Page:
Answer: The Benevolent Kings Sutra says: ‘Right now with my five kinds of vision I clearly see all kings of the past, present and future. Every one of them became king by means of past karma generated by having served five hundred buddhas….’ From this passage know that all kings upon hearing the true dharma will accept it and have faith in it. Kings who already worship the Buddha are even more likely to have faith. What king has ever first sought proof and only afterwards donated alms?. The great kings who rule over the lunar regions [i.e., India] hear of three monks being distressed and immediately build a sanghdrdma [monastery] for them. Is the holy king of the solar region [i.e., Japan] going to allow the complaints of one monk to prevent him from issuing a single-page proclamation [promoting Zen]? Your criticisms are the kinds of circumstances that destroy the buddha-dharma and destroy the kingdom. Don’t say such things!. The Buddha has already entrusted the unsurpassed true dharma of prajnd to the kingdom’s rulers. They can decide for themselves what to promote. Why should your extreme jealousy prevent them? Because I want to revive the expired Zen lineage, you try to find fault with me. Even if I am a bastard, how can that be a fault of Zen?…
Question [ten]: Some criticize you, asking what makes you think this new Zen lineage will cause Buddhism to flourish for ever? Answer: Moral precepts and monastic discipline cause Buddhism to flourish for ever. Moral precepts and monastic discipline are the essence of Zen. Therefore, Zen causes Buddhism to flourish for ever..
Question [sixteen]: What about those who mistakenly refer to the Zen lineage as the ‘Dharumashu’? They teach: ‘There is nothing to practise, nothing to cultivate. Originally afflictions [klesa] do not exist. From the beginning afflictions are bodhi. Therefore, moral precepts and monastic rituals are of no use. One should merely eat and sleep as needed. Why must anyone labour to recall the buddha [nembutsu], to worship relics, or to observe dietary restrictions?’ What about their teaching? Answer: There is no evil that such people will not do. They are the ones the sutras denounce as nihilists. One must not talk with such people nor even sit with them. One must avoid them by a thousand yojana….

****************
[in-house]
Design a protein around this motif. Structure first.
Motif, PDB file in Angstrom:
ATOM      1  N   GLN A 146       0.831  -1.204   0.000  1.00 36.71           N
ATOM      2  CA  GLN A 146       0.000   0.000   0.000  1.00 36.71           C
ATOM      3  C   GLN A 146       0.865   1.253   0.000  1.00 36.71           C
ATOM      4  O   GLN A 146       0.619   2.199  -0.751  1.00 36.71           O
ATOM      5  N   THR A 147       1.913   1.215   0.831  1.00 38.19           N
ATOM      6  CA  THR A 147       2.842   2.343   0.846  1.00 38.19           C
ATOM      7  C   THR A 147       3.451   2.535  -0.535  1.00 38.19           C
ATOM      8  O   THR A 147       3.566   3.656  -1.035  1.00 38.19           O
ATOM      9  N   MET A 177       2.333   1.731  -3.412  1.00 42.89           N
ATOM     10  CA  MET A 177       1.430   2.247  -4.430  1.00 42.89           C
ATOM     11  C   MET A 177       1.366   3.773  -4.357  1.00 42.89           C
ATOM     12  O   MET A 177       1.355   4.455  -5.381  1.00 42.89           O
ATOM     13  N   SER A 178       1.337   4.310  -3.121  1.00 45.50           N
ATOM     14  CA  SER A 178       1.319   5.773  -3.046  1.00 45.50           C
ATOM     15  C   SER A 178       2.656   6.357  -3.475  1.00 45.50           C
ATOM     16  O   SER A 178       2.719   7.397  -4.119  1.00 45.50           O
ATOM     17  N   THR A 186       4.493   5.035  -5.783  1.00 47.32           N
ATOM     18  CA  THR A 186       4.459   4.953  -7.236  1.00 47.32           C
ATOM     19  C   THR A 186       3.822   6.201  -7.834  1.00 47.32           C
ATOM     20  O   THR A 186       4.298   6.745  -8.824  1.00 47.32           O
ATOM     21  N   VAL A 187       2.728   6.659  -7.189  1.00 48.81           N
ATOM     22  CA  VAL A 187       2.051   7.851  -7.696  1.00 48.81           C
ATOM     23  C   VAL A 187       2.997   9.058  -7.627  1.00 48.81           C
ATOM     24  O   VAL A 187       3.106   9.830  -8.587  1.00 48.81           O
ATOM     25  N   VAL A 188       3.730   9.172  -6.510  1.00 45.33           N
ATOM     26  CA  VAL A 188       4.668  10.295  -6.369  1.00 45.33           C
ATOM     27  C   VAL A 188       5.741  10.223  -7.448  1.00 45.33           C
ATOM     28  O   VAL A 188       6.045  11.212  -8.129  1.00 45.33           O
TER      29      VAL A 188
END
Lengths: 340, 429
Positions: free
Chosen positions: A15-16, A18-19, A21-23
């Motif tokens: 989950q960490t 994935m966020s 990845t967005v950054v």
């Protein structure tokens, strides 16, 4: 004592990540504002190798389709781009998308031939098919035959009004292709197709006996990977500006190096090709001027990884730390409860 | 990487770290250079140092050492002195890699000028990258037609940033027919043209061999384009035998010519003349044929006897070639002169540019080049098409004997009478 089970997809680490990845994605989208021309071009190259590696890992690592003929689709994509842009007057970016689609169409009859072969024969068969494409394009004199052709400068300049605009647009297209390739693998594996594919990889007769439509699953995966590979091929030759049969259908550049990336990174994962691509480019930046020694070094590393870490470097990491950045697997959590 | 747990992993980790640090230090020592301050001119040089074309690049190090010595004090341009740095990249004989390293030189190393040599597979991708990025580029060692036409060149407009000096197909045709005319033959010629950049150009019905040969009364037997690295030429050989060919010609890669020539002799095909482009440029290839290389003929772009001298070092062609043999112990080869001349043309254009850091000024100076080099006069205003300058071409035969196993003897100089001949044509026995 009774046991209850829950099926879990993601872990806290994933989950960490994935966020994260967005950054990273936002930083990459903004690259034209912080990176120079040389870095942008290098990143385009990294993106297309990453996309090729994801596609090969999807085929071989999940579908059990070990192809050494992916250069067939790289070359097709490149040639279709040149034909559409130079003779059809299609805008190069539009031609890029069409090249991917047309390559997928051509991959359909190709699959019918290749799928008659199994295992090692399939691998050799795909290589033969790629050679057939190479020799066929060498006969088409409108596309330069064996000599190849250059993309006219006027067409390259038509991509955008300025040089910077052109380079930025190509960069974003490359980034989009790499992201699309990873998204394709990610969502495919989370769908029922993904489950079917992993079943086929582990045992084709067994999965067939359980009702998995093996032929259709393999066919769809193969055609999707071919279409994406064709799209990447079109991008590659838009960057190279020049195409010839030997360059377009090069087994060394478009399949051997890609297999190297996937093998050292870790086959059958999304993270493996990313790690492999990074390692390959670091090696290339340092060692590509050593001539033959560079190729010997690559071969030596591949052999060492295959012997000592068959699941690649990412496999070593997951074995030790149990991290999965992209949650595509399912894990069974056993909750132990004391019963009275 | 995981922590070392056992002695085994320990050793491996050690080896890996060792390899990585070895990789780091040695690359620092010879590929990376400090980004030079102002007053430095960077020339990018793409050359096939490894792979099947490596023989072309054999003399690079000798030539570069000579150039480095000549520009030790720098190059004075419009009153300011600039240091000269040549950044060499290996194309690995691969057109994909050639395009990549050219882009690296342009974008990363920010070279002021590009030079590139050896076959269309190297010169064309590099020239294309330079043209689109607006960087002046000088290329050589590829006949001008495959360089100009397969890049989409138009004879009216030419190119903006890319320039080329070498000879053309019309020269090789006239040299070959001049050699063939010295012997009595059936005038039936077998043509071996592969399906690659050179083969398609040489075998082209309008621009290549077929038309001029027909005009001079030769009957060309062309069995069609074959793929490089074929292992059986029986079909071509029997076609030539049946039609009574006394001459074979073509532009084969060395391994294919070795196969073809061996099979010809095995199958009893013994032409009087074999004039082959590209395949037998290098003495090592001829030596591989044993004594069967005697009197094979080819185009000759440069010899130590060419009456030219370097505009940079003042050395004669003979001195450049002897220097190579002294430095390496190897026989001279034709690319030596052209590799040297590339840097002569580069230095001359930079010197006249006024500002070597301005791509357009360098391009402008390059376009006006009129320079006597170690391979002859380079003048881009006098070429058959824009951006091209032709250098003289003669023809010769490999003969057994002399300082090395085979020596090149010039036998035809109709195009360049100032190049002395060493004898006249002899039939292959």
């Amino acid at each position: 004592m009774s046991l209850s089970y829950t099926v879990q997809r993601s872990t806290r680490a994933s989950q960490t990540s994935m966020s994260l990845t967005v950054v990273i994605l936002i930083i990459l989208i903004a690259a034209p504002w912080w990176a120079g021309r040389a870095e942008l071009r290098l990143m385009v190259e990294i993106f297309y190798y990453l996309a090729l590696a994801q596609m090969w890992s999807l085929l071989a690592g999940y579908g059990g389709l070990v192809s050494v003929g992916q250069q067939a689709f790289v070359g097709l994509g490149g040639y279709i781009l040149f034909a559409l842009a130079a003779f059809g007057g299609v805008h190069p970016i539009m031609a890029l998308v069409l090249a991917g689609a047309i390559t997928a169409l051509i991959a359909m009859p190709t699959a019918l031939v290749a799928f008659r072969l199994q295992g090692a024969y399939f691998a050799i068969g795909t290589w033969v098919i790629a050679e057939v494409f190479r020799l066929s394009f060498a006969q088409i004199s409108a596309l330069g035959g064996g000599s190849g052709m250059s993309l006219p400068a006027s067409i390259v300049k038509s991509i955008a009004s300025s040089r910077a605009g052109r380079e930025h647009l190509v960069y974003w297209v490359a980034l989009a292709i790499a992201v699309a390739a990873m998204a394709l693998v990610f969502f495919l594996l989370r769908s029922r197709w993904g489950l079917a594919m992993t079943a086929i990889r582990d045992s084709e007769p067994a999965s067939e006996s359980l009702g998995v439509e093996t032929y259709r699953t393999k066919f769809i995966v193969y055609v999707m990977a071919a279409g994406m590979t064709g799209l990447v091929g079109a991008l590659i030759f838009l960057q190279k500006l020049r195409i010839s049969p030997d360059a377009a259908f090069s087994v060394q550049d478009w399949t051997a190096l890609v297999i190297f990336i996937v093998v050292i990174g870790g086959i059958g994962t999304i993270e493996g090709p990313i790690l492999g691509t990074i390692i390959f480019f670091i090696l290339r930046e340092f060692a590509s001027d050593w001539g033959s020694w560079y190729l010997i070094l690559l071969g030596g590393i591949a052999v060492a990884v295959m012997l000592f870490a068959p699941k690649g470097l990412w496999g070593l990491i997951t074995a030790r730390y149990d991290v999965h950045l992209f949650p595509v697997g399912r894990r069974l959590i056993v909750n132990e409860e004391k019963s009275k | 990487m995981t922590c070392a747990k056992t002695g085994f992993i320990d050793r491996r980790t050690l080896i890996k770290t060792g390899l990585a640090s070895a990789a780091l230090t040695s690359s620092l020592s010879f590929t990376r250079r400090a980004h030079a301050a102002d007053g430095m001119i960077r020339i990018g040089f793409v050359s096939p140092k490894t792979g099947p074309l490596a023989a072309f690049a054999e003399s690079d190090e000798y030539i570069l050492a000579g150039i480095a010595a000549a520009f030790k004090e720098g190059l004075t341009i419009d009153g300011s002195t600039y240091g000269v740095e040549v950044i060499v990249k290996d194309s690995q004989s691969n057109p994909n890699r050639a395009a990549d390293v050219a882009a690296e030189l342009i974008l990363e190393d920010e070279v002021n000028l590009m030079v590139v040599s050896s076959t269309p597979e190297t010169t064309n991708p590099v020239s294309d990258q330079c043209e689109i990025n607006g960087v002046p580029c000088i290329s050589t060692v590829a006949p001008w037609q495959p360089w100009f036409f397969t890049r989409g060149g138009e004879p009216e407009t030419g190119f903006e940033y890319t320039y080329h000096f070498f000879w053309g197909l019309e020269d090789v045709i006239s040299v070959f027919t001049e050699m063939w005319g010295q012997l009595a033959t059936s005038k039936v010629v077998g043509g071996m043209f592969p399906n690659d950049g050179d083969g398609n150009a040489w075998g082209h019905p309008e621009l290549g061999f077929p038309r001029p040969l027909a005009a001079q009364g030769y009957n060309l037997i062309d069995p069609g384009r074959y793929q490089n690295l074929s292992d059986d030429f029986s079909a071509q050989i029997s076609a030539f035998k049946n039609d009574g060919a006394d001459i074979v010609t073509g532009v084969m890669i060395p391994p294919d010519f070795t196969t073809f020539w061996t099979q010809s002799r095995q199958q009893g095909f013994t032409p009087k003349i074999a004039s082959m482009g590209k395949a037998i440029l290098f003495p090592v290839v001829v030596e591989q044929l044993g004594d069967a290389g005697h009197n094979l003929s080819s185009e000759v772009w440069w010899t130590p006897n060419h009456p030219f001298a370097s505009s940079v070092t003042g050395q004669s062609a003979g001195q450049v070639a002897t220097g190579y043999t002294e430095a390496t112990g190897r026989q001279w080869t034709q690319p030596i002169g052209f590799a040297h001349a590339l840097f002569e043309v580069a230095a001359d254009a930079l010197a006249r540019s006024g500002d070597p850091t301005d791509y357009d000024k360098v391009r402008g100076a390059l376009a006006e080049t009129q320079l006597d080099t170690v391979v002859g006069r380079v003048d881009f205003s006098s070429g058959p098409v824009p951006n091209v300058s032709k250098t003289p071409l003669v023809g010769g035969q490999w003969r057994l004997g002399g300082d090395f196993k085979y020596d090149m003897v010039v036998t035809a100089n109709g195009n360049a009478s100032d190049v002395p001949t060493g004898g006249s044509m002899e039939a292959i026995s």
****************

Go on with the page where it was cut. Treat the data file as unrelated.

My Spiritual Bloodline
The blood lineage of Zen is the mind seal. From the seven buddhas of the past down to the present the mind seal of Zen has been transmitted intimately without ever being interrupted. The History of the Rise of Zen [Japanese: Zenshu koyu] says: ‘Regarding the Zen lineage, it began with the buddhas of the past countless aeons ago.’ The Dirgha Agama [Long Discourses of the Buddha] says: ‘Since unknowable aeons ago, there have been one thousand buddhas who have appeared in this world.’ And so forth, down to the words: ‘The last three of these buddhas were the first of the past seven buddhas.’ Each of the seven buddhas entrusted the mind seal to the next…. [The seven buddhas are:] 1. Vipasyin; 2. Sikhin; 3. Visvabhu; 4. Krakucchanda; 5. Kanakamuni; 6. Kasyapa; 7.Sakyamuni. During his forty-ninth year after attaining the way, on Vulture Peak [Grdhrakuta] in front of the many stupas and before the great assembled audience, Sakyamuni promoted his disciple Mahakasyapa to share his seat and announced: ‘I take the pure dharma-eye, the marvellous mind of nirvana, the true form of no form, the subtle marvellous true dharma and entrust it with you. Keep it well.’.
The Flower Hand Sutra [Kusala mula sampan graha] says: ‘The Buddha commanded, “Come well, Mahakasyapa! For a long time we have known one another. Share half of my seat.” As the Buddha shifted his body, the earth shook three thousand ways. Mahakasyapa said, “I could not even sit where the Buddha places his robe or his bowl. The Buddha is a great teacher. I am his disciple. Long ago you gave me your sanghafi [monk’s robe], but out of deep respect I have never worn it. Since that time, I have never had a thought of desire. At the moment I took possession of my lord’s robe, I completed my learning [i.e., became a perfected arhat]. I followed the Buddha’s teaching and received the Tathagata’s robe, but I never became high minded [i.e., arrogant]. I touch the robe only with my hands, never with any other part of my body. If I have not washed my hands, then I do not pick it up. I could not even use it as a pillow for my head. The king of the dharma [i.e., the Buddha], who attained complete awakening on his own without a teacher, cannot be likened to sravakas or pratyekabuddhas.” The Buddha replied, “Good! Good! It is as you say.” The Buddha then said to Mahakasyapa, “Sit here and question me about any doubts. I will preach for you.” Mahakasyapa thereupon rose from his seat, bowed his head at the Buddha’s feet, and sat next to him.’… [The Zen ancestors of India are:] 1. Mahakasyapa; 2. Ananda; 3. Sanavasa; 4. Upagupta; 5. Dhrtaka; 6. Miccaka; 7. Vasumitra; 8. Buddhanandi; 9. Buddhamitra; 10.
Parsva; 11. Punyayasas; 12. Asvaghosa; 13. Kapimala; 14. Nagarjuna; 15. Kanadeva; 16. Rahukata; 17. Sanghanandi; 18. Gayasata; 19. Kumarata; 20. Jayata; 21. Vasubandhu; 22. Manorhita; 23. Haklena; 24. Simha; 25. Basiasita; 26. Punyamitra; 27. Prajnatara; 28. Bodhidharma.